said, the Bill did make a change in the existing law, and the clause now under consideration was in harmony with the other parts of the measure. Taken in connection with the following clauses, the Bill attempted to define what acts connected with trade disputes were criminal and what were not—therefore, it recited all acts relating to trade disputes which were intended to be treated criminally, and it set those acts out. On the other hand, it declared by this clause that an agreement by two or more persons to do what would not be a crime if done by one person was not to be punished as a. crime; but by the next clause intimidation and annoyance by violence was struck at, and it was declared that every person who with a view to compel any other person to abstain from doing or to do any act which such other person had a legal right to do or to abstain from doing should use violence or intimidation either to his person, or his wife or children, or his property, should be liable on conviction to a pecuniary penalty or to imprisonment. By this clause, then, intimidation was struck at, and combined action to carry out such intimidation would therefore be struck at. It was true that, under the existing law, if one man broke his contract that would not be a crime, while if—say 50—broke their contract that at common law might be regarded as a conspiracy. Under this Bill it would not be a conspiracy. The principle upon which the Bill was framed was that the offences in relation to trade disputes should be thoroughly known and understood, and that persons should not be subjected to the indirect and deluding action of the old law of conspiracy.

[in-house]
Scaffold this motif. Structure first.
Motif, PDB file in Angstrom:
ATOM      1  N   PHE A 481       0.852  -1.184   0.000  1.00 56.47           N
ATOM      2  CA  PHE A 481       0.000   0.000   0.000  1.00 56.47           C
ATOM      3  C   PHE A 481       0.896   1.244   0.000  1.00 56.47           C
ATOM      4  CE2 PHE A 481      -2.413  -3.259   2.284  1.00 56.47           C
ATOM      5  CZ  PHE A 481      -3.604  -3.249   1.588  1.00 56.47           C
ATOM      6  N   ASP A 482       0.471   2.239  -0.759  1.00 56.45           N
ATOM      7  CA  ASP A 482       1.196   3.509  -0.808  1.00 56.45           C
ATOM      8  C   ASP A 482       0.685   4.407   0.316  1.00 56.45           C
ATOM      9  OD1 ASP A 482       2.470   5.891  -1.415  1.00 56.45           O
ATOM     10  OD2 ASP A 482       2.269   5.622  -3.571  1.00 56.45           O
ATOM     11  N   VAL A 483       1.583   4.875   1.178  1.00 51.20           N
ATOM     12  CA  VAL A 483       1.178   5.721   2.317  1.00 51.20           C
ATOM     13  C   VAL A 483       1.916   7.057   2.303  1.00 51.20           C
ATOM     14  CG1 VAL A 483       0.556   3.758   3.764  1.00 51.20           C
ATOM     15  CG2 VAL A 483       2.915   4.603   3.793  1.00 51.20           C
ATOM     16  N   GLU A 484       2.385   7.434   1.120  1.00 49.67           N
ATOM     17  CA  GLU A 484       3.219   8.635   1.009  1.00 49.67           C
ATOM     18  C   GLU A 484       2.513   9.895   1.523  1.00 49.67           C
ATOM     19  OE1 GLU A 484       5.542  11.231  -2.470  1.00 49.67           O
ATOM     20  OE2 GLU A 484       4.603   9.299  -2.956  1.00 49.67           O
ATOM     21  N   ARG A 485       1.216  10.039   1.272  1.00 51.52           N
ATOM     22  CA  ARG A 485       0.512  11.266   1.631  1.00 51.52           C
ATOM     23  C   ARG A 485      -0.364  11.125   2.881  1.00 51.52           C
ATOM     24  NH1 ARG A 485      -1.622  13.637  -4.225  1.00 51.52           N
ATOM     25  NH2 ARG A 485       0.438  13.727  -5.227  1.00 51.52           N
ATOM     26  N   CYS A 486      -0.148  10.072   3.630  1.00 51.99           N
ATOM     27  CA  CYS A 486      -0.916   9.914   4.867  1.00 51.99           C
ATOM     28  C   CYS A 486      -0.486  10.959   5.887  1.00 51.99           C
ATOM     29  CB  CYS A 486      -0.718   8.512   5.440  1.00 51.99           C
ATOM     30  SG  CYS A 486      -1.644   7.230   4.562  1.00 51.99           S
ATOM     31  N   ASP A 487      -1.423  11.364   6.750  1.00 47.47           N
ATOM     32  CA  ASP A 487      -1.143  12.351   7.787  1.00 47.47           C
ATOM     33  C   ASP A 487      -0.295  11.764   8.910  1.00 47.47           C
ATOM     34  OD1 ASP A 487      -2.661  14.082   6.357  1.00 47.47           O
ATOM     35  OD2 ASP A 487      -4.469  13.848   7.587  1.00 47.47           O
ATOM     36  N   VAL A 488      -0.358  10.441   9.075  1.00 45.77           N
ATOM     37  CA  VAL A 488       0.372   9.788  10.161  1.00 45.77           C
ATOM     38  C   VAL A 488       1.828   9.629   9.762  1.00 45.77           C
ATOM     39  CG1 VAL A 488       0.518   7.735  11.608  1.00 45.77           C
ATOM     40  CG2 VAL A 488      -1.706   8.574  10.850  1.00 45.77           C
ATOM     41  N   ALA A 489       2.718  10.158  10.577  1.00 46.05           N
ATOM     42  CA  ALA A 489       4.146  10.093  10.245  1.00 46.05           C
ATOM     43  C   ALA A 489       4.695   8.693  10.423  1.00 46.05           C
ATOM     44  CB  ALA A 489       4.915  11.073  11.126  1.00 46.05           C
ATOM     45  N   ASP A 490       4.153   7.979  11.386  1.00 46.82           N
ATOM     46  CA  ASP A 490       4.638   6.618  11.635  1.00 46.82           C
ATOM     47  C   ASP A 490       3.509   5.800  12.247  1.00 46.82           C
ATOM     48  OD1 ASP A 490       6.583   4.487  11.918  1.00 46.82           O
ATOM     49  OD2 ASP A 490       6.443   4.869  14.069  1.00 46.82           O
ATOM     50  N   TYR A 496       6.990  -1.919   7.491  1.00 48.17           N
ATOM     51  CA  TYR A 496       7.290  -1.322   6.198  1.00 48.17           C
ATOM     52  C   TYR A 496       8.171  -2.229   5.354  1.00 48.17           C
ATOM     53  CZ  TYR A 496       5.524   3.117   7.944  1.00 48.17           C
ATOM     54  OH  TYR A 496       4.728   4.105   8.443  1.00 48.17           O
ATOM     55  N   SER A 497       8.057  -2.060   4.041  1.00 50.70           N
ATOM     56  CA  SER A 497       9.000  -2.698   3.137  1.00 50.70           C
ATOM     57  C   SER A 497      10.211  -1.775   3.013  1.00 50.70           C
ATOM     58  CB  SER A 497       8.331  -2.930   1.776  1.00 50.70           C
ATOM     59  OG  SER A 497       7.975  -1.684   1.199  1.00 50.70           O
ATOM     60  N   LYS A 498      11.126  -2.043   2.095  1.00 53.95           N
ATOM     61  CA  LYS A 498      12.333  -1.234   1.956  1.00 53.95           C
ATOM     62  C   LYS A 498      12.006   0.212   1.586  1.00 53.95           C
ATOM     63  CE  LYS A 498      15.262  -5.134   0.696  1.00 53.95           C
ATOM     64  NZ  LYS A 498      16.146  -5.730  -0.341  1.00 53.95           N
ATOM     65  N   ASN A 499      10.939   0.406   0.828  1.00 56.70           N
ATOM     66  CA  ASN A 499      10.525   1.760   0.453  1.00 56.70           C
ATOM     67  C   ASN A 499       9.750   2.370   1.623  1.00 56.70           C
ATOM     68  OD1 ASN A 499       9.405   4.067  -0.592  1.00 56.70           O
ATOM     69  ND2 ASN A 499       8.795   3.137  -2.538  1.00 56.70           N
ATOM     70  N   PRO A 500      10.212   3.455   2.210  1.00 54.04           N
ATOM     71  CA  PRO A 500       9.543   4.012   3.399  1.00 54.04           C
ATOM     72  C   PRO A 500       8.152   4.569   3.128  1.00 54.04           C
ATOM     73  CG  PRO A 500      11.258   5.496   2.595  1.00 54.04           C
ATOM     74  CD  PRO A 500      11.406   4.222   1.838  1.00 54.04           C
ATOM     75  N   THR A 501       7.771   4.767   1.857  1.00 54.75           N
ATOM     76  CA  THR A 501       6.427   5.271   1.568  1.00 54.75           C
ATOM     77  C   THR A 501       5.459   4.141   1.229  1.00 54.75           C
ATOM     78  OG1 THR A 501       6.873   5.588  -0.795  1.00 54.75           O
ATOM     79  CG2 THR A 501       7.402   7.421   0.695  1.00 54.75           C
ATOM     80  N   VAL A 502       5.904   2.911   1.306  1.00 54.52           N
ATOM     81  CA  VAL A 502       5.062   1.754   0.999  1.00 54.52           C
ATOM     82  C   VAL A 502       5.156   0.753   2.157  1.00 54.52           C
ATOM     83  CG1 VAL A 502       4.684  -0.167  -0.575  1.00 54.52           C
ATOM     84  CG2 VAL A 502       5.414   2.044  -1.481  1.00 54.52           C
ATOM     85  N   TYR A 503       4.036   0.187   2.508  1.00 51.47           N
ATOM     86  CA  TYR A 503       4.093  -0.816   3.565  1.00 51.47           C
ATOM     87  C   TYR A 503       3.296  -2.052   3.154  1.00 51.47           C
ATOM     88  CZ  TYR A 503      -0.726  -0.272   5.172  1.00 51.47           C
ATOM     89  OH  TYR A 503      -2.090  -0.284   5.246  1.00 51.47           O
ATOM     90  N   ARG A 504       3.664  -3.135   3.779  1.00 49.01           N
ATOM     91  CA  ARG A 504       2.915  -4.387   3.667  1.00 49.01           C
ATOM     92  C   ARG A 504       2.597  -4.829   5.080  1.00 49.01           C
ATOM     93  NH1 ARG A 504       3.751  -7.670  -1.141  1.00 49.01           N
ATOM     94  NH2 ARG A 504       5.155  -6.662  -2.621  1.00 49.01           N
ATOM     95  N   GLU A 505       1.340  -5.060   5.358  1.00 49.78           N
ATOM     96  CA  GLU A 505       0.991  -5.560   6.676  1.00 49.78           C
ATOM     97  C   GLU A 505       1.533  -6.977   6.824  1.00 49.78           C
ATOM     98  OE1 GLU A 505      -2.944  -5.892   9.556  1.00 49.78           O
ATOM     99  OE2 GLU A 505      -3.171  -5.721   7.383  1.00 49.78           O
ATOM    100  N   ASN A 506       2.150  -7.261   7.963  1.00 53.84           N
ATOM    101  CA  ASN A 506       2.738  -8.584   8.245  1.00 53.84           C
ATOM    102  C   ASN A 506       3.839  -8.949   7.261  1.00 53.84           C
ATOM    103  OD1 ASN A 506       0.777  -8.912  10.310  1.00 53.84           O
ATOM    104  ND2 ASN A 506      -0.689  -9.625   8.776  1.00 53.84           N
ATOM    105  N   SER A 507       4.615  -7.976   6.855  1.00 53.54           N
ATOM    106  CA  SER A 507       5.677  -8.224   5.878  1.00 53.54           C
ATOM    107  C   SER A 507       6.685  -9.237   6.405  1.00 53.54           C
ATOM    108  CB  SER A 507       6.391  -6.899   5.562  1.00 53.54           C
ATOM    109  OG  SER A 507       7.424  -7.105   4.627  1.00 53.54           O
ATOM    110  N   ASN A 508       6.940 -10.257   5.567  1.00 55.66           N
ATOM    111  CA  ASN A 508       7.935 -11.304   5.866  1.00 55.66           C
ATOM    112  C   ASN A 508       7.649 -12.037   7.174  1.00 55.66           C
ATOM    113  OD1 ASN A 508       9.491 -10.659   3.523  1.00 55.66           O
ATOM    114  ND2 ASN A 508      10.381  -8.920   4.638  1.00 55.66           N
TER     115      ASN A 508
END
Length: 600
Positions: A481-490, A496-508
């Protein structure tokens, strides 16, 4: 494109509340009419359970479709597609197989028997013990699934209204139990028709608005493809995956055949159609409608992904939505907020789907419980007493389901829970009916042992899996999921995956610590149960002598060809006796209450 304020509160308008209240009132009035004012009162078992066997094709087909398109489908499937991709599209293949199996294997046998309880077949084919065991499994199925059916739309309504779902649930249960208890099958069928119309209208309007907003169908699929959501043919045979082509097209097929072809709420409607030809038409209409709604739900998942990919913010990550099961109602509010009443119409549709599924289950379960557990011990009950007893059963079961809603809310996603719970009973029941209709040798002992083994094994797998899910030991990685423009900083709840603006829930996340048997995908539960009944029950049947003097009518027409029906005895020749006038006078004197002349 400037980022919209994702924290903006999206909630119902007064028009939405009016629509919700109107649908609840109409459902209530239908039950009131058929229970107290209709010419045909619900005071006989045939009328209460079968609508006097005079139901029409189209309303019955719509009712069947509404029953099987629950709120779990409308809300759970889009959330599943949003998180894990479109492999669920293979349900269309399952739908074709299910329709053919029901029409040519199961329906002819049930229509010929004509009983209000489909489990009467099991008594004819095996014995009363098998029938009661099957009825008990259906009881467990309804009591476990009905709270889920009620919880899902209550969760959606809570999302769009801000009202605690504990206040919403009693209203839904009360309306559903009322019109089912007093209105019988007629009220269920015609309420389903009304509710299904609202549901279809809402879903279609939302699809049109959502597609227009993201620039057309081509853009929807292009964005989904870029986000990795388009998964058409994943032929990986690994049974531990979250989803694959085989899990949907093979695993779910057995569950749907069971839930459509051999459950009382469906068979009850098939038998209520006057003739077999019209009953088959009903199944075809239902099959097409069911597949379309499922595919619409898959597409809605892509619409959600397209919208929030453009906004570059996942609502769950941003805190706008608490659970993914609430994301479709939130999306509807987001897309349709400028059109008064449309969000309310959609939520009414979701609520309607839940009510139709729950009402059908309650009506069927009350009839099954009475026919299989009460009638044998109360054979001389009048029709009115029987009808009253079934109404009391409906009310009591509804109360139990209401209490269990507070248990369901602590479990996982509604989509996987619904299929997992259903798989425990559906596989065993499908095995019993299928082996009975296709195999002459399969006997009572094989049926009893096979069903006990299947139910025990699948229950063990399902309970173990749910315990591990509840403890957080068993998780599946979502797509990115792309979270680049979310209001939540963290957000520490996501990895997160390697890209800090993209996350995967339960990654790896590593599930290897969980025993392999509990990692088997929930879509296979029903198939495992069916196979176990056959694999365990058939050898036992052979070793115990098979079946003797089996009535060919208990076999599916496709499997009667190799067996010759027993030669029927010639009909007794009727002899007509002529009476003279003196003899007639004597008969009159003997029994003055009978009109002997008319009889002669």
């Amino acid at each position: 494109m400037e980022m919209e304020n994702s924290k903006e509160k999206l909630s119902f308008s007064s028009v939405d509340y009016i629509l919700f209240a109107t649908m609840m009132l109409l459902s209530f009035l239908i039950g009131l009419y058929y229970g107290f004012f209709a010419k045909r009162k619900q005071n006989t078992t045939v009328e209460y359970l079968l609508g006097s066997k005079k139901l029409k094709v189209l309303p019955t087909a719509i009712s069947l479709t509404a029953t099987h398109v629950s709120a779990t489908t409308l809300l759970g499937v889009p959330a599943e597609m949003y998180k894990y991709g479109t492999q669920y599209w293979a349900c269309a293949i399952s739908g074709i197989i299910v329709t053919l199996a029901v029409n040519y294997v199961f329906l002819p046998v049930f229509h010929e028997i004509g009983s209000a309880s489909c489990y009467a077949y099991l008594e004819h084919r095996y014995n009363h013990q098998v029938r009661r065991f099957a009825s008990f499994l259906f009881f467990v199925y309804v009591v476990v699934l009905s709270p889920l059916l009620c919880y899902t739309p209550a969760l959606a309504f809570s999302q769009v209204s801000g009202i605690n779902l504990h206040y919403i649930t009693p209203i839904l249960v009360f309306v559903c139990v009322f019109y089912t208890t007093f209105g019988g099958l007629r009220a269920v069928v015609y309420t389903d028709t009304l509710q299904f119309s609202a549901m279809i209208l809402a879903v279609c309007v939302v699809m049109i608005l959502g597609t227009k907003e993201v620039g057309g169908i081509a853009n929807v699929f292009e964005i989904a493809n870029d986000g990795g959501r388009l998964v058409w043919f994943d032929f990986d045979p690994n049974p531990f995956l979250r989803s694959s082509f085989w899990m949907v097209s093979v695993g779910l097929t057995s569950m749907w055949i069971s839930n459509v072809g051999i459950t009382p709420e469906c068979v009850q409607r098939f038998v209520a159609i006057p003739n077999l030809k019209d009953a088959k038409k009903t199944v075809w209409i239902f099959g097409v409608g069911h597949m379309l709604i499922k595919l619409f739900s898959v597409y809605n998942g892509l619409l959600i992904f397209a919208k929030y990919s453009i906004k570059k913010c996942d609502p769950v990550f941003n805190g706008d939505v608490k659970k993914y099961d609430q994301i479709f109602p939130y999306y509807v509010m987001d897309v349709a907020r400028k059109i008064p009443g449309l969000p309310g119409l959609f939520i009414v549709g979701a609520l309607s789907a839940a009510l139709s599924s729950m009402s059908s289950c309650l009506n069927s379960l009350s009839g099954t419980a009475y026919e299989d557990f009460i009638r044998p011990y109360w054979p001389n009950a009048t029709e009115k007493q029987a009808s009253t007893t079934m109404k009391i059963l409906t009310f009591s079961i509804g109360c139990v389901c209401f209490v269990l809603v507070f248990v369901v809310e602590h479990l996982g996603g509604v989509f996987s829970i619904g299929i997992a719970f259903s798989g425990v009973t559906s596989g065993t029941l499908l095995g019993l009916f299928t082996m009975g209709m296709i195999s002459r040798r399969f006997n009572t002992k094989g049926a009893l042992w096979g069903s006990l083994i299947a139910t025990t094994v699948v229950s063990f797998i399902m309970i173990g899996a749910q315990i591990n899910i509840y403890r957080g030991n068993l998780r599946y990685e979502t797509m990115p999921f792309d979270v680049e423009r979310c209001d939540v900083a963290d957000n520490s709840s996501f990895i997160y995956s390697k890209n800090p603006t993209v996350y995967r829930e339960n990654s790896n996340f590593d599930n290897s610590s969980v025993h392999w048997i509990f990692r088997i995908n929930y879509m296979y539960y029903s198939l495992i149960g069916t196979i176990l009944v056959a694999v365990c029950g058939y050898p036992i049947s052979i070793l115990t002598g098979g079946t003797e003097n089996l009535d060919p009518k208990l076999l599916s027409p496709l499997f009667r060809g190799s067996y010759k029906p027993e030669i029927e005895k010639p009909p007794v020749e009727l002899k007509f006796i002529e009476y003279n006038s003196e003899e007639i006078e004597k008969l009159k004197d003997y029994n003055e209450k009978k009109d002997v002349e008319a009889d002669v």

Clause amended, and agreed, to.

Clause 4 (Breach of contract by persons employed in supply of gas or water) agreed to.